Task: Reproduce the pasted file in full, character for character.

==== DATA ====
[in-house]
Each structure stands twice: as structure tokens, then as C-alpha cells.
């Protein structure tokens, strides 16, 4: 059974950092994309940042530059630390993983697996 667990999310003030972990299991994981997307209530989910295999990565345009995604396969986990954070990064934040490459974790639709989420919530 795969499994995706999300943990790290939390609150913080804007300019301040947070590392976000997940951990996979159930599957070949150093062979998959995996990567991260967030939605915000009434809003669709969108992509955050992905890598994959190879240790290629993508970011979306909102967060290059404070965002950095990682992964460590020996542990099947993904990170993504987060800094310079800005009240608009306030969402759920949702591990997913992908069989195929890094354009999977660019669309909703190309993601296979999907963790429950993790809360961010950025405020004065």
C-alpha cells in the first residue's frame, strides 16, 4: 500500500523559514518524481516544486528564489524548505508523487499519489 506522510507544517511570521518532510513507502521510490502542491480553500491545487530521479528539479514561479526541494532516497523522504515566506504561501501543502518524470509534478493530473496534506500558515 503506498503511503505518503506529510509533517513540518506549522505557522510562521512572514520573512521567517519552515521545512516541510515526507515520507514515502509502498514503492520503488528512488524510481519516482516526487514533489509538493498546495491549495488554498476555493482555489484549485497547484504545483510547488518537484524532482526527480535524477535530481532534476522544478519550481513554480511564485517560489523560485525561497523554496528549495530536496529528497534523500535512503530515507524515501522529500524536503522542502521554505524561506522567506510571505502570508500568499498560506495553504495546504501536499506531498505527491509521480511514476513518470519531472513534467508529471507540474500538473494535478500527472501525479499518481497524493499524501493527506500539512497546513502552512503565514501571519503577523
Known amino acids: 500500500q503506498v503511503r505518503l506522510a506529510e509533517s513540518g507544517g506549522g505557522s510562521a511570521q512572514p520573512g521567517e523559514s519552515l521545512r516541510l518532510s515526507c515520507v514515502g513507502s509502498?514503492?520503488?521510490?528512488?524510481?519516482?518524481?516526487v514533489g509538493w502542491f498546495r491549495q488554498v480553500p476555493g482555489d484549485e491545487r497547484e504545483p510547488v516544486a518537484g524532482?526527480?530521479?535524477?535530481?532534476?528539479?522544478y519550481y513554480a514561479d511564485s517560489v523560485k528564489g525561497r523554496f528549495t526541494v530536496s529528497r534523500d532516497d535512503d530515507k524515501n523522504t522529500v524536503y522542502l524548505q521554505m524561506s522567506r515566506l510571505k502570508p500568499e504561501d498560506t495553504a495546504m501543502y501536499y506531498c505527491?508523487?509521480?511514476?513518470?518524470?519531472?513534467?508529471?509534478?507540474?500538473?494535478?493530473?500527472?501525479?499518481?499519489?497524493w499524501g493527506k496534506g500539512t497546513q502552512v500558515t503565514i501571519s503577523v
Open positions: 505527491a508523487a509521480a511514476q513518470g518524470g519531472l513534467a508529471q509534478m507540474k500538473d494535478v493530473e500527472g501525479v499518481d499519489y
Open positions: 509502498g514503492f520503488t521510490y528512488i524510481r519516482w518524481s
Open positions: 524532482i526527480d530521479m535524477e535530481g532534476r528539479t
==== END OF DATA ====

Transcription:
[in-house]
Each structure stands twice: as structure tokens, then as C-alpha cells.
């Protein structure tokens, strides 16, 4: 059974950092994309940042530059630390993983697996 667990999310003030972990299991994981997307209530989910295999990565345009995604396969986990954070990064934040490459974790639709989420919530 795969499994995706999300943990790290939390609150913080804007300019301040947070590392976000997940951990996979159930599957070949150093062979998959995996990567991260967030939605915000009434809003669709969108992509955050992905890598994959190879240790290629993508970011979306909102967060290059404070965002950095990682992964460590020996542990099947993904990170993504987060800094310079800005009240608009306030969402759920949702591990997913992908069989195929890094354009999977660019669309909703190309993601296979999907963790429950993790809360961010950025405020004065």
C-alpha cells in the first residue's frame, strides 16, 4: 500500500523559514518524481516544486528564489524548505508523487499519489 506522510507544517511570521518532510513507502521510490502542491480553500491545487530521479528539479514561479526541494532516497523522504515566506504561501501543502518524470509534478493530473496534506500558515 503506498503511503505518503506529510509533517513540518506549522505557522510562521512572514520573512521567517519552515521545512516541510515526507515520507514515502509502498514503492520503488528512488524510481519516482516526487514533489509538493498546495491549495488554498476555493482555489484549485497547484504545483510547488518537484524532482526527480535524477535530481532534476522544478519550481513554480511564485517560489523560485525561497523554496528549495530536496529528497534523500535512503530515507524515501522529500524536503522542502521554505524561506522567506510571505502570508500568499498560506495553504495546504501536499506531498505527491509521480511514476513518470519531472513534467508529471507540474500538473494535478500527472501525479499518481497524493499524501493527506500539512497546513502552512503565514501571519503577523
Known amino acids: 500500500q503506498v503511503r505518503l506522510a506529510e509533517s513540518g507544517g506549522g505557522s510562521a511570521q512572514p520573512g521567517e523559514s519552515l521545512r516541510l518532510s515526507c515520507v514515502g513507502s509502498?514503492?520503488?521510490?528512488?524510481?519516482?518524481?516526487v514533489g509538493w502542491f498546495r491549495q488554498v480553500p476555493g482555489d484549485e491545487r497547484e504545483p510547488v516544486a518537484g524532482?526527480?530521479?535524477?535530481?532534476?528539479?522544478y519550481y513554480a514561479d511564485s517560489v523560485k528564489g525561497r523554496f528549495t526541494v530536496s529528497r534523500d532516497d535512503d530515507k524515501n523522504t522529500v524536503y522542502l524548505q521554505m524561506s522567506r515566506l510571505k502570508p500568499e504561501d498560506t495553504a495546504m501543502y501536499y506531498c505527491?508523487?509521480?511514476?513518470?518524470?519531472?513534467?508529471?509534478?507540474?500538473?494535478?493530473?500527472?501525479?499518481?499519489?497524493w499524501g493527506k496534506g500539512t497546513q502552512v500558515t503565514i501571519s503577523v
Open positions: 505527491a508523487a509521480a511514476q513518470g518524470g519531472l513534467a508529471q509534478m507540474k500538473d494535478v493530473e500527472g501525479v499518481d499519489y
Open positions: 509502498g514503492f520503488t521510490y528512488i524510481r519516482w518524481s
Open positions: 524532482i526527480d530521479m535524477e535530481g532534476r528539479t